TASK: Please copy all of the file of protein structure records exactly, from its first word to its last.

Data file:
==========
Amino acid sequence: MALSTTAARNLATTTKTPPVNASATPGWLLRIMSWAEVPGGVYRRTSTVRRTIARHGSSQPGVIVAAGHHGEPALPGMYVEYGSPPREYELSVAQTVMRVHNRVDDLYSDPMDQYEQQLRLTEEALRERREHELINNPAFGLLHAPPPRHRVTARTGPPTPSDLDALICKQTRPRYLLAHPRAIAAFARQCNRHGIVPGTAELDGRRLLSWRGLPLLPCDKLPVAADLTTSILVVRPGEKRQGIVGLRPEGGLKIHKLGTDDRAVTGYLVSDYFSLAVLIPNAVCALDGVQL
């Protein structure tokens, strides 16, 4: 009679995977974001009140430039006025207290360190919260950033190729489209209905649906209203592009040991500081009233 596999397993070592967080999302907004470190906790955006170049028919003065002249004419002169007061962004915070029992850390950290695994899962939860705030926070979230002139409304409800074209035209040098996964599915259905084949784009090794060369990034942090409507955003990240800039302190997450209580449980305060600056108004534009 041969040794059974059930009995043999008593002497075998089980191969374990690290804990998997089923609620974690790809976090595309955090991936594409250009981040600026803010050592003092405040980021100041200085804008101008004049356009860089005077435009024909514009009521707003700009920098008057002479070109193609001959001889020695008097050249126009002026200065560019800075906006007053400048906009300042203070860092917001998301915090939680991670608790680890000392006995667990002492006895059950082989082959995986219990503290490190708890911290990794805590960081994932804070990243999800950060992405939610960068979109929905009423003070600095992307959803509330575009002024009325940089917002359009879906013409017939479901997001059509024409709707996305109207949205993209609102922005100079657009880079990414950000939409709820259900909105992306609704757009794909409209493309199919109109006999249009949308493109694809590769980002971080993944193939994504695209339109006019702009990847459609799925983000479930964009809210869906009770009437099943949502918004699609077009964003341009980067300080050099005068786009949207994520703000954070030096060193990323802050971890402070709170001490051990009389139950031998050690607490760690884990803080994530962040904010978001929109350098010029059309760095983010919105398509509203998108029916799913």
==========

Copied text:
Amino acid sequence: MALSTTAARNLATTTKTPPVNASATPGWLLRIMSWAEVPGGVYRRTSTVRRTIARHGSSQPGVIVAAGHHGEPALPGMYVEYGSPPREYELSVAQTVMRVHNRVDDLYSDPMDQYEQQLRLTEEALRERREHELINNPAFGLLHAPPPRHRVTARTGPPTPSDLDALICKQTRPRYLLAHPRAIAAFARQCNRHGIVPGTAELDGRRLLSWRGLPLLPCDKLPVAADLTTSILVVRPGEKRQGIVGLRPEGGLKIHKLGTDDRAVTGYLVSDYFSLAVLIPNAVCALDGVQL
């Protein structure tokens, strides 16, 4: 009679995977974001009140430039006025207290360190919260950033190729489209209905649906209203592009040991500081009233 596999397993070592967080999302907004470190906790955006170049028919003065002249004419002169007061962004915070029992850390950290695994899962939860705030926070979230002139409304409800074209035209040098996964599915259905084949784009090794060369990034942090409507955003990240800039302190997450209580449980305060600056108004534009 041969040794059974059930009995043999008593002497075998089980191969374990690290804990998997089923609620974690790809976090595309955090991936594409250009981040600026803010050592003092405040980021100041200085804008101008004049356009860089005077435009024909514009009521707003700009920098008057002479070109193609001959001889020695008097050249126009002026200065560019800075906006007053400048906009300042203070860092917001998301915090939680991670608790680890000392006995667990002492006895059950082989082959995986219990503290490190708890911290990794805590960081994932804070990243999800950060992405939610960068979109929905009423003070600095992307959803509330575009002024009325940089917002359009879906013409017939479901997001059509024409709707996305109207949205993209609102922005100079657009880079990414950000939409709820259900909105992306609704757009794909409209493309199919109109006999249009949308493109694809590769980002971080993944193939994504695209339109006019702009990847459609799925983000479930964009809210869906009770009437099943949502918004699609077009964003341009980067300080050099005068786009949207994520703000954070030096060193990323802050971890402070709170001490051990009389139950031998050690607490760690884990803080994530962040904010978001929109350098010029059309760095983010919105398509509203998108029916799913």